Monday, July 1, 2013

Supreme Court Says OK to Government DNA Collection

On June 3, 2013, the Supreme Court ruled in Maryland v. King that when police officers make an arrest supported by probable cause to hold a suspect for a serious offense and bring him to the station to be detained in custody, taking and analyzing a cheek swab of the arrestee’s DNA is, like fingerprinting and photographing, a legitimate police booking procedure that is reasonable under the Fourth Amendment.

Justice Kennedy held the key swing vote on a hotly contested issue involving the scope of 4th Amendment protections.  Justice Kennedy also delivered the opinion for the majority.  Prior to this ruling, it was commonly accepted that the Constitution allows the government to take DNA evidence from those individuals who were convicted of a crime,  however, this ruling expanded that understanding to include those individuals who are simply in police custody because they are suspected of having committed a crime.  

Kennedy wrote: “[a] suspect’s criminal history is a critical part of his identity that officers should know when processing him for detention.”   The opinion further stated, when police officers collect a DNA sample from a suspect, they basically are only seeking to find a connection to the criminal records they already have on file.  “The task of identification necessarily entails searching public and police records based on the identifying information provided by the arrestee to see what is already known about him."  Further, “It uses a different form of identification than a name or fingerprint, but its function is the same.”

Justice Scalia, writing for the dissenters, argued that the majority was disregarding a long standing legal understanding that the government may not obtain DNA samples involuntarily from suspects for the purpose of solving prior crimes.  The dissent went on to state that the DNA sampling would not practically be used to identify a suspect but would actually be used purely to solve old crimes that have nothing to do with the offense that the suspect was arrested for.  The process of analyzing DNA evidence takes so long that it would ultimately have no value in helping police identify a suspect in a new crime.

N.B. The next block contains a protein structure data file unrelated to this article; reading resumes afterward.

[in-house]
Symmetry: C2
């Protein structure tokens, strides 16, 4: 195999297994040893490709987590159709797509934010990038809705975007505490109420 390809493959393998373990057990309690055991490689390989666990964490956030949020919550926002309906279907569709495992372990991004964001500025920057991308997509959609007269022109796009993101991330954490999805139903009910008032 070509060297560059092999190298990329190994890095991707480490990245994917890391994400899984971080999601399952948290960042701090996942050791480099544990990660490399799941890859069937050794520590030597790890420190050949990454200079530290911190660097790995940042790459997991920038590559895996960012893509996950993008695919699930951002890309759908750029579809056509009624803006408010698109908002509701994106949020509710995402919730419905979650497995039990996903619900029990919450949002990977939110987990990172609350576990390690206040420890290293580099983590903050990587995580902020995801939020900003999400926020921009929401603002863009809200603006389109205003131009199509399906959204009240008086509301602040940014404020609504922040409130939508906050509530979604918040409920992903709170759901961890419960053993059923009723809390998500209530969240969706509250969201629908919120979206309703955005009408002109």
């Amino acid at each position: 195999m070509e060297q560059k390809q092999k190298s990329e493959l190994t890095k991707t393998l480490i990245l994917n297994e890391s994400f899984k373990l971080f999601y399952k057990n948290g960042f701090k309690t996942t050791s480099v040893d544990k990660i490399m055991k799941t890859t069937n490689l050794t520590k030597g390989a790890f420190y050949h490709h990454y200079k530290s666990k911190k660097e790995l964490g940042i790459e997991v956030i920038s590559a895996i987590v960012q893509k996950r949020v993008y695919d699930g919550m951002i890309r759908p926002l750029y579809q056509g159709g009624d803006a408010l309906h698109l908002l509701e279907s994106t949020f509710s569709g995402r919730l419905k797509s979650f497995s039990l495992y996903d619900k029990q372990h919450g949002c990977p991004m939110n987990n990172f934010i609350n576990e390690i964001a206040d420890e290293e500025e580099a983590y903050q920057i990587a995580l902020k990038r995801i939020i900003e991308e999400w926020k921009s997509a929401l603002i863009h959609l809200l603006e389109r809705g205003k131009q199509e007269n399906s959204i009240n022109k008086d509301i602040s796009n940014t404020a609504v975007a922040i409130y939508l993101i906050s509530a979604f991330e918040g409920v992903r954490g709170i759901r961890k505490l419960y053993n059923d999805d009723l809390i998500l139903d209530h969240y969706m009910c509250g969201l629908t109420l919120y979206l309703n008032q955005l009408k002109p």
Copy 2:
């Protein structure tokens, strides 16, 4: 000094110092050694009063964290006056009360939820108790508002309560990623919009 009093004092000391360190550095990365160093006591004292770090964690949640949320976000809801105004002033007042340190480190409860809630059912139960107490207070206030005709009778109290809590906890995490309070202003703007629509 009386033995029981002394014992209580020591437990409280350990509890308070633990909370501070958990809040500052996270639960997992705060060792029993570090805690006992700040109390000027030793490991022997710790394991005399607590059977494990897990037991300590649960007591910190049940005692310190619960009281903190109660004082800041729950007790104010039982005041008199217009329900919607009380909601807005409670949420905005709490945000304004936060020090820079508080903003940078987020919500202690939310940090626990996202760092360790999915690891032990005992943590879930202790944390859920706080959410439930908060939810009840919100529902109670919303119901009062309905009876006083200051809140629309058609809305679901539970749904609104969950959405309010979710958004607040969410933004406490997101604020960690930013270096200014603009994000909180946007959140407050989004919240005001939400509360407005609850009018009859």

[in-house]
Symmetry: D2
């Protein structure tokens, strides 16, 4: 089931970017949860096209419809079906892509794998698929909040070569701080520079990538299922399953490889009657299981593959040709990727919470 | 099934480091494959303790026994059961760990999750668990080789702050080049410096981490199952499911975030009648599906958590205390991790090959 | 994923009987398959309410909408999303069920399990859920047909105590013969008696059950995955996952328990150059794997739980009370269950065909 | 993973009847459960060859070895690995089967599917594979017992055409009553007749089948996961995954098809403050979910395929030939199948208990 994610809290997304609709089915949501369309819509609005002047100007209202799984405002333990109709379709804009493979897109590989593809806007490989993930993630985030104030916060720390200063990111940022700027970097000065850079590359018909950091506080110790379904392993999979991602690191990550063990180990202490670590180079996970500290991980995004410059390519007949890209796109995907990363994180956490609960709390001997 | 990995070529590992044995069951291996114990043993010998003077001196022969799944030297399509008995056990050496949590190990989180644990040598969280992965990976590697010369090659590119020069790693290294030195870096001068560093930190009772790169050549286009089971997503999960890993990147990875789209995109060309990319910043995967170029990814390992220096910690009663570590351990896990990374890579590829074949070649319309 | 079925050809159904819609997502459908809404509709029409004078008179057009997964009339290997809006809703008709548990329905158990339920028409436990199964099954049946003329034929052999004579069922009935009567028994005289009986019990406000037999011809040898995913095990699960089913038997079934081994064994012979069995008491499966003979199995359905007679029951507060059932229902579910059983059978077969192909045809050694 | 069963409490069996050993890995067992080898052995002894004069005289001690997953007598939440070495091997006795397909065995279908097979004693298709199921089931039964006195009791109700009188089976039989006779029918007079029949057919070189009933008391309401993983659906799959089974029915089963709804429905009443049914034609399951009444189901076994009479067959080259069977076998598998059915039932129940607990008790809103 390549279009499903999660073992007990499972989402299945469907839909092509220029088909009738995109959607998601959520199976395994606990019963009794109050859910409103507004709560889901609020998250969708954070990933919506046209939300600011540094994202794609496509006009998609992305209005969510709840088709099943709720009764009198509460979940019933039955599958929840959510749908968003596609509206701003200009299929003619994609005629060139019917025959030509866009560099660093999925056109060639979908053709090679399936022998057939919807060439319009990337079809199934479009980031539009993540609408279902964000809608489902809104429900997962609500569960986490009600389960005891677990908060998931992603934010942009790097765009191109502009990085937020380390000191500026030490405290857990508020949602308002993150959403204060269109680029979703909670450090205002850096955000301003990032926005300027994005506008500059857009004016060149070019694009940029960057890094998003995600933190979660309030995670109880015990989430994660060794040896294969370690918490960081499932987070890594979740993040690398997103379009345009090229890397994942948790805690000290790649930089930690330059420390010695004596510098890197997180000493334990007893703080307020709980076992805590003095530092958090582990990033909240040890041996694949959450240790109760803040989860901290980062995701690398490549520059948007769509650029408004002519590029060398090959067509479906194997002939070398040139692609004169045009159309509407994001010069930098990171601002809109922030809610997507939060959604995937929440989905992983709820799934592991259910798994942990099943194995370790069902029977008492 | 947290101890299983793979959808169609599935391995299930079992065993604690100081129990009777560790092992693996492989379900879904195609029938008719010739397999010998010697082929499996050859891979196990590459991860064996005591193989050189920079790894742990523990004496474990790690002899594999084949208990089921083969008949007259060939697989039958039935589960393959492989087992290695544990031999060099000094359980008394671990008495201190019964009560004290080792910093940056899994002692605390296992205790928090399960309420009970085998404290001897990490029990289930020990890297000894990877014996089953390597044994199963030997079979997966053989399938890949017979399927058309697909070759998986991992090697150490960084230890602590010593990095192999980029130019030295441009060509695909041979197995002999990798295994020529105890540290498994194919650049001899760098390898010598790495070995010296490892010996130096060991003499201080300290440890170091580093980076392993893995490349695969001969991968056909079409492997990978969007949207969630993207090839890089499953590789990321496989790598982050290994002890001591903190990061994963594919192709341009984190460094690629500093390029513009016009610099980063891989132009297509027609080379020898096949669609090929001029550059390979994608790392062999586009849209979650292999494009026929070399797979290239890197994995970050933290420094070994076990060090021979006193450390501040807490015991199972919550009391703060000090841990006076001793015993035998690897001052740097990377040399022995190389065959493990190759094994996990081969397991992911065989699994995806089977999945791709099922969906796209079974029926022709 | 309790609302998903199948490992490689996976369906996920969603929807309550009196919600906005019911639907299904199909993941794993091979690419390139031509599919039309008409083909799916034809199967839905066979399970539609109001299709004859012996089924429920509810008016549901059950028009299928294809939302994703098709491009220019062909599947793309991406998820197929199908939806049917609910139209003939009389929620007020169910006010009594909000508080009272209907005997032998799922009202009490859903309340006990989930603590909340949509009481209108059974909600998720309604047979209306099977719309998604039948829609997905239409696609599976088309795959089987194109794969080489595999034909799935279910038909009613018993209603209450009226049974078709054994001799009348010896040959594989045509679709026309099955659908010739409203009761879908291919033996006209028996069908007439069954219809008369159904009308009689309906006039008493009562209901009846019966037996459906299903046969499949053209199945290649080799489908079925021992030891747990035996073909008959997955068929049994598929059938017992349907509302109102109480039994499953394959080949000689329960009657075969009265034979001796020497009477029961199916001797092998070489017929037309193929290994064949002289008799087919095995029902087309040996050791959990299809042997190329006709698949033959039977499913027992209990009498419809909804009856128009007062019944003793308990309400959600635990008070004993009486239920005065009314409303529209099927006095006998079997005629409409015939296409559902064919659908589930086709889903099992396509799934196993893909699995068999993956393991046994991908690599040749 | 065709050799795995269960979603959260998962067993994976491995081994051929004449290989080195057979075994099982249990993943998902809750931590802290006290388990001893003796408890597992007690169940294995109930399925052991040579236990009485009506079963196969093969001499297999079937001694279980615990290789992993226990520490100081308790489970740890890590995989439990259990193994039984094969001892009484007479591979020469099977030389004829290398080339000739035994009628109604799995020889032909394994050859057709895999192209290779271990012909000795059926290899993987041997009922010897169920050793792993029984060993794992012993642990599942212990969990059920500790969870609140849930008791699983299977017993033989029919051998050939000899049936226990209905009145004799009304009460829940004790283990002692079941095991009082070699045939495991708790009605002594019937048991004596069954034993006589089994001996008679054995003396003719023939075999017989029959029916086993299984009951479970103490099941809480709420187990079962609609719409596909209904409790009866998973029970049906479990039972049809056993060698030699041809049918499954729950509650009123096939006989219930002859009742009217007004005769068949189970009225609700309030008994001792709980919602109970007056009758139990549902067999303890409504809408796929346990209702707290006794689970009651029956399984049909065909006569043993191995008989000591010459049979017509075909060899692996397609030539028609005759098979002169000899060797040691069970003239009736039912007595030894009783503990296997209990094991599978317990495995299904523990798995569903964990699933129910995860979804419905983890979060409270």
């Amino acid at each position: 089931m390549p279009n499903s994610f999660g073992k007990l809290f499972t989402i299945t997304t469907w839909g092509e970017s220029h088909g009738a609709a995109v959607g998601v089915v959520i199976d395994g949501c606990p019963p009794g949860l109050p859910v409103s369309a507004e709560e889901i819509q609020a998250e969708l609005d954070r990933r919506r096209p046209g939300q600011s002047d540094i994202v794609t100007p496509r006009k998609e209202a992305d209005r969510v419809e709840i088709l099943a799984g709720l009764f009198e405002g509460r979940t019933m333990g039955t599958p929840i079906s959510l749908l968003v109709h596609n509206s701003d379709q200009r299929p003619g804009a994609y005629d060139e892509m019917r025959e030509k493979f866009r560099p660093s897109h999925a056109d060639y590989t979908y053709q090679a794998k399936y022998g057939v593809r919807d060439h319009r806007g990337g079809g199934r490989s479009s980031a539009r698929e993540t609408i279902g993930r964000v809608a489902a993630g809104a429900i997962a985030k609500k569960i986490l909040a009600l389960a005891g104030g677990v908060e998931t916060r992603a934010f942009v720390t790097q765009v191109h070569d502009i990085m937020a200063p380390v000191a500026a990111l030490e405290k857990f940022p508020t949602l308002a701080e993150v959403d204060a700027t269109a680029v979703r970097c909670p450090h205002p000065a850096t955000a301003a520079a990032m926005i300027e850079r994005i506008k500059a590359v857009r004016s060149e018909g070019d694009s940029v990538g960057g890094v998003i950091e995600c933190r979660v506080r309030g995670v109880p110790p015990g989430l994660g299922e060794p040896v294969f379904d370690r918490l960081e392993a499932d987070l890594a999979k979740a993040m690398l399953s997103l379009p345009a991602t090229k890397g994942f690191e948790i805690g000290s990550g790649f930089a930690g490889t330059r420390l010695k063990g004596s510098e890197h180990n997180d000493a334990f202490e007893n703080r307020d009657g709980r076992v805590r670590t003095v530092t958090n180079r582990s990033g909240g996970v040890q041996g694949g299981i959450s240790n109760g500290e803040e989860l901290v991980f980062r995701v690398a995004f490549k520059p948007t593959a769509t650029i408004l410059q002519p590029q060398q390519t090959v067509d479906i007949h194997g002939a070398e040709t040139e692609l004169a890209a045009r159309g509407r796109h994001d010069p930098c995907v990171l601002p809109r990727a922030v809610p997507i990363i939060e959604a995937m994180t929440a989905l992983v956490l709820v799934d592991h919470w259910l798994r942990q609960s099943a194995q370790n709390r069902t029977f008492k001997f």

It is important to note that the Maryland law in question deals only with “a crime of violence or an attempt to commit a crime of violence, or burglary or an attempt to commit burglary.”  Therefore, this ruling would not necessarily apply to all criminal offense, although most likely most government agencies will rely upon it for that proposition.

The collection of DNA evidence is an integral part of law enforcement.  It allows law enforcement agents to solve crimes that occurred years prior and to link suspects to crimes on opposite ends of the country.  However, the value of DNA evidence to law enforcement agents absolutely should not trump the guaranteed constitutional protections of the 4th amendment and an individual's right to privacy.  Just because an individual has been accused of committing a crime, even a violent one, should not justify this type of intrusion into his privacy.  This type of decision from the nation's highest court frightens me.  Not because this particular decision is so shocking or unbelievable but because this is yet again another example of individual rights being slowly deteriorated for the sake of law enforcement.  It is a slippery slope when dealing with constitutional protections and the further and further the envelope is pushed the more and more shocking the decisions will be moving forward.

As a Washington, DC criminal defense and DUI attorney I understand the importance of protecting individual liberties.  I understand that if you give the government an inch, they will take a mile.  I worry about what the Supreme Court will take away next in the interests of "protecting the people."  I can only hope that at some point soon, the Court will finally draw a line in the sand and say that they have gone far enough and leave all remaining civil liberties intact for the foreseeable future.

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